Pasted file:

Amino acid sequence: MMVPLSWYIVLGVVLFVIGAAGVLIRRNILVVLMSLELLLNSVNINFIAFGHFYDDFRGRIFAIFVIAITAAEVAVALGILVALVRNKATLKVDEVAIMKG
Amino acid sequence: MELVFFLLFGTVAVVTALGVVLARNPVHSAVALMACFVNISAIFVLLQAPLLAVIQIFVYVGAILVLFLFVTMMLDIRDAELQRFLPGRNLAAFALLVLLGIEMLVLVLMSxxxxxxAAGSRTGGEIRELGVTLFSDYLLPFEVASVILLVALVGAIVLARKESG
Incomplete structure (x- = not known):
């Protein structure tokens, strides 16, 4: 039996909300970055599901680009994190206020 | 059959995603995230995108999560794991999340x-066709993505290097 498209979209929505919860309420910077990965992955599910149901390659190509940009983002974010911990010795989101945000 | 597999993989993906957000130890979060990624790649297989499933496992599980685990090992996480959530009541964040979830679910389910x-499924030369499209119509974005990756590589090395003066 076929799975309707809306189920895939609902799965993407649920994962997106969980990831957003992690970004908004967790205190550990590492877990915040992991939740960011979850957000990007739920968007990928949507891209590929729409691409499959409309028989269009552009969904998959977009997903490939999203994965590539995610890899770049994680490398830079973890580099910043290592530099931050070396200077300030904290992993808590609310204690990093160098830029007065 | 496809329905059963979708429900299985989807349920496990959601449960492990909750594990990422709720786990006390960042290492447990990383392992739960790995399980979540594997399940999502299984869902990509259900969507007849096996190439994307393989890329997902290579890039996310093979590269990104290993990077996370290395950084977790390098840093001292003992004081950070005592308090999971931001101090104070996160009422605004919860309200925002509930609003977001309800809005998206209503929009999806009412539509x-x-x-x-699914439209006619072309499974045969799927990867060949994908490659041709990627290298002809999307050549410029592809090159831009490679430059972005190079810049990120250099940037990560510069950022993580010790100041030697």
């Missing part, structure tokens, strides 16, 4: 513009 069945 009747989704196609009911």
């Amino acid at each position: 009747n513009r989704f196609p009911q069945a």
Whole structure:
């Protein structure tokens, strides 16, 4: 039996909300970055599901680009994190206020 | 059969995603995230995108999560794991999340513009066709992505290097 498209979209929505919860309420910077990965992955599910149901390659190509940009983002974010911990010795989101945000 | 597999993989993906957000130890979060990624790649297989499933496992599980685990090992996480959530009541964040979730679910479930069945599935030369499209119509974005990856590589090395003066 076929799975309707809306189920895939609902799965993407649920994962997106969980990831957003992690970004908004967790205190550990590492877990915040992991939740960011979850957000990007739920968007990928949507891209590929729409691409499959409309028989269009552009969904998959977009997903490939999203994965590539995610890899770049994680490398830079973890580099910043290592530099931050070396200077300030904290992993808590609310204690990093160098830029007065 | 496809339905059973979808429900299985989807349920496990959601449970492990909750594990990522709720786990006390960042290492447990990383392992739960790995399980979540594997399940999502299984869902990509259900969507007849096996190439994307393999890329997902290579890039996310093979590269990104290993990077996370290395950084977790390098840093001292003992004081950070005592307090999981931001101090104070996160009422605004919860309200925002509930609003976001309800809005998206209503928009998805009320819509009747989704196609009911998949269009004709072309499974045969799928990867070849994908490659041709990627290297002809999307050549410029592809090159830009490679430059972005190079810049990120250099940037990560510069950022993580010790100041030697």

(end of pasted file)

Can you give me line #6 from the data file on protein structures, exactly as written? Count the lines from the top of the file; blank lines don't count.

């Amino acid at each position: 009747n513009r989704f196609p009911q069945a």